Markets & Finance

Bad Omens for Banks?


News from KeyCorp suggests U.S. banks' loan losses may worsen. Is the credit crisis hitting a second, even scarier phase?

Nobody was expecting an easy year for U.S. banks, but many observers thought the bulk of the industry's credit troubles would come in the first quarter. Now, it seems the rest of the year may be even worse. Case in point: A May 28 announcement from KeyCorp (KEY). Mounting loan losses at the regional bank company suggest the banking industry's troubles with bad loans are just beginning.

Cleveland-based KeyCorp, which holds $97 billion in assets, says the year's net loan charge-offs—a measure of how much bad debt the bank may have to write off—could almost double previous predictions for 2008. The bank expected charge-offs of 0.65% to 0.9% of total loans just three weeks ago, but now says they could be in the range of 1% to 1.3%.

The main culprit is the bank's portfolio of loans to residential homebuilders, KeyCorp said in a Securities & Exchange Commission filing. Losses have also increased on education loans and home-improvement loans.

Worry Shifts from Wall Street to Main Street

Investors responded May 28 by fleeing banking stocks. KeyCorp shares tumbled 11%, to 19.59, on May 28, just above the stock's 52-week low. Other similar, regional banks suffered, too. Shares of Wachovia (WB), Fifth Third Bancorp (FITB), and Regions Financial (RF) all dropped 4% or more to 52-week lows.

Subprime securities had already decimated Wall Street banks and other financial firms. For investors, the worry now seems to be shifting from debt securities to simple, traditional loans, and from Wall Street to Main Street.

"Near-term credit trends appear to be getting worse," said R.W. Baird analyst David George. Those hoping for a recovery in the second half of the year will be disappointed, he wrote in a May 28 note, "as loss rates appear to be rising."

Higher losses on loans to developers and homeowners are disturbing enough. But what also unnerved investors was the suddenness of the change in KeyCorp's outlook.

Most Banks See Profits Fall

Estimates for losses jumped just a month after the company's most recent earnings announcement. That suggests, Deutsche Bank (DB) analyst Mike Mayo wrote on May 28, "either misjudgment before, or a significant deterioration in, asset quality." The news flow from banks had been relatively quiet since they reported first-quarter financial results in April.

After months of a credit crisis and a weakening economy, most banks did see profits fall. But since the collapse of Bear Stearns (BSC) in March, there was a sense that losses on subprime-related securities had peaked. Major banks "have now probably weathered the worst marks on holdings of various asset-backed securities" and other debt instruments, Stifel Nicolaus (SF) analyst Anthony Davis noted earlier this month.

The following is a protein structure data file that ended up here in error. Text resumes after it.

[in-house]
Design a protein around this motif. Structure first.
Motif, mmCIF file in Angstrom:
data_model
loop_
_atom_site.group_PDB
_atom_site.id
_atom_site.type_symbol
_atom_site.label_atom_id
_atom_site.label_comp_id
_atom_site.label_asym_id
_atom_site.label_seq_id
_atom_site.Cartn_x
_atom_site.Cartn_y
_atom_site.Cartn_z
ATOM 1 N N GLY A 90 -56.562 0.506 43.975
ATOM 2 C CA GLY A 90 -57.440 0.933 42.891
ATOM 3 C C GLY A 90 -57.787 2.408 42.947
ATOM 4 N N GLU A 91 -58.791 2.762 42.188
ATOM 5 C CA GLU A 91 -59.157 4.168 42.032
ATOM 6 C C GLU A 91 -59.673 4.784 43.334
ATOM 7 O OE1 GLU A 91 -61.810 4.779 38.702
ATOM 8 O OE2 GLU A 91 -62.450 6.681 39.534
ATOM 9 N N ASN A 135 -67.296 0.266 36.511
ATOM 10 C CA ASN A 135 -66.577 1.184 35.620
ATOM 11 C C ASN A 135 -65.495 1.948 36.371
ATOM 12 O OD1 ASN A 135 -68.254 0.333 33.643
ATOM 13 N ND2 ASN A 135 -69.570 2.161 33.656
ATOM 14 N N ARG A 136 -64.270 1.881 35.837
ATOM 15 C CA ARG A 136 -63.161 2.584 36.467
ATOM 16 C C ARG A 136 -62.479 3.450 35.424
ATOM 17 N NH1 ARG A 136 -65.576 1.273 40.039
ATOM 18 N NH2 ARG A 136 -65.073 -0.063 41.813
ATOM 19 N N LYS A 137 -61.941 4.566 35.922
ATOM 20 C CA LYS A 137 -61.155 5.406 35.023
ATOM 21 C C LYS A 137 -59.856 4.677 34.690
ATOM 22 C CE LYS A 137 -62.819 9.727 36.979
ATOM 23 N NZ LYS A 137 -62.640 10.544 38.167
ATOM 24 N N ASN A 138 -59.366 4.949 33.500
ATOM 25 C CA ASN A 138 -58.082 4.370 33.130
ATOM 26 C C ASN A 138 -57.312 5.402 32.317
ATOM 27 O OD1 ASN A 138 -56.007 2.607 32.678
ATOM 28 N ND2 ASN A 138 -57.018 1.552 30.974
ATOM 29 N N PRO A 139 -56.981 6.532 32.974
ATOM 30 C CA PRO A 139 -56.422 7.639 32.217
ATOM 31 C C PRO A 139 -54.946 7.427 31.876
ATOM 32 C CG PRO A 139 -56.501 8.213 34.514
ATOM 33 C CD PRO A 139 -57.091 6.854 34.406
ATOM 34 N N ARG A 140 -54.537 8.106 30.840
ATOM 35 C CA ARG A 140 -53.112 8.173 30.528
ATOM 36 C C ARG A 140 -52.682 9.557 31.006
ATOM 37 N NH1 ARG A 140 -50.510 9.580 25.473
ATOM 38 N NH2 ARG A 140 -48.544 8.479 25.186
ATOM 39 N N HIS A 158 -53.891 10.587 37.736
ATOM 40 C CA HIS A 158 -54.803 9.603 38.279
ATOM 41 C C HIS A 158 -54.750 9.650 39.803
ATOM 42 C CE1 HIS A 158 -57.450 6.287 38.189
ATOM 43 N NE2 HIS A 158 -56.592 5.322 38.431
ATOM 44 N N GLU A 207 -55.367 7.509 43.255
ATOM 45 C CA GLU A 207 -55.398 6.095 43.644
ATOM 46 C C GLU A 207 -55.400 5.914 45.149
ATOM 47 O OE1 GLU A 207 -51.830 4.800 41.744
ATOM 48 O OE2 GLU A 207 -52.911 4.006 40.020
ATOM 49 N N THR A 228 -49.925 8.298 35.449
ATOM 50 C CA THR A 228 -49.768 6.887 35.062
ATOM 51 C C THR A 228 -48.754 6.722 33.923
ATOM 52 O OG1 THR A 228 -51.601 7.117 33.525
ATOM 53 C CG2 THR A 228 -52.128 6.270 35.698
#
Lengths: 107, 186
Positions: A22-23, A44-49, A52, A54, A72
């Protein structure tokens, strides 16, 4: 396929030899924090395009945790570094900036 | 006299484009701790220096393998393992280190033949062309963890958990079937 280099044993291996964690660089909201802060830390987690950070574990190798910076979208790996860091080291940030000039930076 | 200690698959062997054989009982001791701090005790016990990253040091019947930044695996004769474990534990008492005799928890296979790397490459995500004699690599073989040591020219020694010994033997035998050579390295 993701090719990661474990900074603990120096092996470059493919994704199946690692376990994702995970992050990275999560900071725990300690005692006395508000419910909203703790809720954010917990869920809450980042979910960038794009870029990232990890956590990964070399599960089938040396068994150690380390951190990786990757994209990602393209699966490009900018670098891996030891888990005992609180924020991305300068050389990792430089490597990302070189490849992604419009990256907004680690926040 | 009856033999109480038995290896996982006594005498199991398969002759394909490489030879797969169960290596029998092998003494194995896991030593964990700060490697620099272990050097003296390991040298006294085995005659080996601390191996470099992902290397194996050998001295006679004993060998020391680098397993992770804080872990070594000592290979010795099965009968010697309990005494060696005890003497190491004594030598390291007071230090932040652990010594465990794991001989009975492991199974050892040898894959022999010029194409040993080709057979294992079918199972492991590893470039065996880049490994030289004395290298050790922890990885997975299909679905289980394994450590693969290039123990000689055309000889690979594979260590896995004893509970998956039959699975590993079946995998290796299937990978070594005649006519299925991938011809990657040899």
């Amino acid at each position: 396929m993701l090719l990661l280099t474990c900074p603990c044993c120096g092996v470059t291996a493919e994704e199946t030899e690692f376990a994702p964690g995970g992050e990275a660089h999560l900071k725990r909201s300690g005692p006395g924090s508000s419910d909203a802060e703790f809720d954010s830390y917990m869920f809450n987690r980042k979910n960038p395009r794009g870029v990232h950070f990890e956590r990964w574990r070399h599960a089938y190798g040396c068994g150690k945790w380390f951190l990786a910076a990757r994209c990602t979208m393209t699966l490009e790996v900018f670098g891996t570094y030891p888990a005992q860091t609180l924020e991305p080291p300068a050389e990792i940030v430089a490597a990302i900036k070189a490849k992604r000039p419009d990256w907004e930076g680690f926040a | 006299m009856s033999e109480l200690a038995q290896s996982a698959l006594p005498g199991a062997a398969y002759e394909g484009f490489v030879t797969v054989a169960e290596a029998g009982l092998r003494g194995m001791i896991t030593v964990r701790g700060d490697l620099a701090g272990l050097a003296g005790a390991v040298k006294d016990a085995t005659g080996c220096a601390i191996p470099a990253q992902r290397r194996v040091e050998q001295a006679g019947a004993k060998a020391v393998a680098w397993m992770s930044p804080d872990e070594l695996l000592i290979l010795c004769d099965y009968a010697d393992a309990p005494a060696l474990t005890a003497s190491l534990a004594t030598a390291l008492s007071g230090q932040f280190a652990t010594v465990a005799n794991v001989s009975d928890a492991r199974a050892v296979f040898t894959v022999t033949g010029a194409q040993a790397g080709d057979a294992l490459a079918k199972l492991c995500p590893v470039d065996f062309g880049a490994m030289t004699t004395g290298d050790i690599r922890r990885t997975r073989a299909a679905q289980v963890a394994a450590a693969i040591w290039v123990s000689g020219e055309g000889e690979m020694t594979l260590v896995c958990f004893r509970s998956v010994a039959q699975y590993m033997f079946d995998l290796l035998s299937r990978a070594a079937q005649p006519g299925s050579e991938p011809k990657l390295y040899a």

However, other troubling trends remained, and threatened to get worse. There is no sign the depressed housing market is perking up. In data released May 27, the S&P/Case-Shiller national home price index dropped 14.1% in the first quarter of 2008, the largest drop in 20 years. Loans to struggling homebuilders are a primary credit issue right now, according to Davis' note, but concerns are also rising about consumer loans.

Adequate Capital if Challenges Are Temporary

Despite housing and credit troubles galore, banks such as KeyCorp have been able to attract investors with generous dividends. On May 28, KeyCorp sported a dividend yield of 6.9%, while Wachovia's yield was 6.1%. Yields from Fifth Third and Regions Financial were even higher, at 9.1% and 8.1%, respectively. Those high yields suggest some investors expect dividends to be cut so banks can hoard capital. Otherwise, an 8% or 9% return would be irresistible to most.

Baird's George said the tough credit trends mean KeyCorp probably won't earn enough in the second and third quarters to cover its dividend. However, he wrote, "It appears that [KeyCorp] has adequate capital to maintain its payout, provided the earnings challenges are temporary."

If credit troubles are brief, banks can afford to maintain their dividends. Bank investors might overlook a brief dip in earnings, however severe. However, the longer the credit crisis continues, the more questions are raised about whether they have enough capital.

Borrowers, particularly homebuilders, are clearly having a harder time paying off their bank loans. The best hope for banking stocks would be if the trends stressing out those borrowers—the weak economy and housing market—start to ease, or at least stabilize. Otherwise, it could be a long and gloomy year for investors in bank stocks.

Steverman is a reporter for BusinessWeek's Investing channel.

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